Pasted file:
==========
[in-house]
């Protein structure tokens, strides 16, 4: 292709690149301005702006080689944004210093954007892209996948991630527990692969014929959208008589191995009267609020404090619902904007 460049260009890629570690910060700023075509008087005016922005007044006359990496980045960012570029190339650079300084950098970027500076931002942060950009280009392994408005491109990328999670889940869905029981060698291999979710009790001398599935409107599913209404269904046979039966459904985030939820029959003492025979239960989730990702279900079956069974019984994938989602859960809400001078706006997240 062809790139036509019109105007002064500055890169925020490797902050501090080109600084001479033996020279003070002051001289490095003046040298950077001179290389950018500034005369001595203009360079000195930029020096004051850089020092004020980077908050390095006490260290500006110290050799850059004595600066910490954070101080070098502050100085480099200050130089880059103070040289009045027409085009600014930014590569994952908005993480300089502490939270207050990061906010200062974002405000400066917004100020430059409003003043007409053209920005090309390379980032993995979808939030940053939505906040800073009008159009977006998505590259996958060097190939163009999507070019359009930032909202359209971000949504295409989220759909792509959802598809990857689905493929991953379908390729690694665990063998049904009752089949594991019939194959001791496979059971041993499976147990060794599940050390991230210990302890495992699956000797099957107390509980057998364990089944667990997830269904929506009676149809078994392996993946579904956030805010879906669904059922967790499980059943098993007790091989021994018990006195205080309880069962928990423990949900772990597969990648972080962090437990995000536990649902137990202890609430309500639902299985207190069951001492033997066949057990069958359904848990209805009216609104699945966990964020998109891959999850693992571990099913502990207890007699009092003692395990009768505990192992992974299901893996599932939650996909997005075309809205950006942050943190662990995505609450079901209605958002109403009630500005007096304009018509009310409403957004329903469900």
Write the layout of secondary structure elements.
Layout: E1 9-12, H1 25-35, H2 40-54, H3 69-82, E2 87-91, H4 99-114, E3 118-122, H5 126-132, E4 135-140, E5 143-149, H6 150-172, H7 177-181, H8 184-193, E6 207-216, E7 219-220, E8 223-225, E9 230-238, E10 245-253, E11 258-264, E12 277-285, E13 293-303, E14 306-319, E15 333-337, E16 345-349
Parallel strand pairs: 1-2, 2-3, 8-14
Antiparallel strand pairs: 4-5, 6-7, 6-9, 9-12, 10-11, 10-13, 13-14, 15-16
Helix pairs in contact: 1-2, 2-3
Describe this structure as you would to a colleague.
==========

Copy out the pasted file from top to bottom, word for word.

[in-house]
């Protein structure tokens, strides 16, 4: 292709690149301005702006080689944004210093954007892209996948991630527990692969014929959208008589191995009267609020404090619902904007 460049260009890629570690910060700023075509008087005016922005007044006359990496980045960012570029190339650079300084950098970027500076931002942060950009280009392994408005491109990328999670889940869905029981060698291999979710009790001398599935409107599913209404269904046979039966459904985030939820029959003492025979239960989730990702279900079956069974019984994938989602859960809400001078706006997240 062809790139036509019109105007002064500055890169925020490797902050501090080109600084001479033996020279003070002051001289490095003046040298950077001179290389950018500034005369001595203009360079000195930029020096004051850089020092004020980077908050390095006490260290500006110290050799850059004595600066910490954070101080070098502050100085480099200050130089880059103070040289009045027409085009600014930014590569994952908005993480300089502490939270207050990061906010200062974002405000400066917004100020430059409003003043007409053209920005090309390379980032993995979808939030940053939505906040800073009008159009977006998505590259996958060097190939163009999507070019359009930032909202359209971000949504295409989220759909792509959802598809990857689905493929991953379908390729690694665990063998049904009752089949594991019939194959001791496979059971041993499976147990060794599940050390991230210990302890495992699956000797099957107390509980057998364990089944667990997830269904929506009676149809078994392996993946579904956030805010879906669904059922967790499980059943098993007790091989021994018990006195205080309880069962928990423990949900772990597969990648972080962090437990995000536990649902137990202890609430309500639902299985207190069951001492033997066949057990069958359904848990209805009216609104699945966990964020998109891959999850693992571990099913502990207890007699009092003692395990009768505990192992992974299901893996599932939650996909997005075309809205950006942050943190662990995505609450079901209605958002109403009630500005007096304009018509009310409403957004329903469900």
Write the layout of secondary structure elements.
Layout: E1 9-12, H1 25-35, H2 40-54, H3 69-82, E2 87-91, H4 99-114, E3 118-122, H5 126-132, E4 135-140, E5 143-149, H6 150-172, H7 177-181, H8 184-193, E6 207-216, E7 219-220, E8 223-225, E9 230-238, E10 245-253, E11 258-264, E12 277-285, E13 293-303, E14 306-319, E15 333-337, E16 345-349
Parallel strand pairs: 1-2, 2-3, 8-14
Antiparallel strand pairs: 4-5, 6-7, 6-9, 9-12, 10-11, 10-13, 13-14, 15-16
Helix pairs in contact: 1-2, 2-3
Describe this structure as you would to a colleague.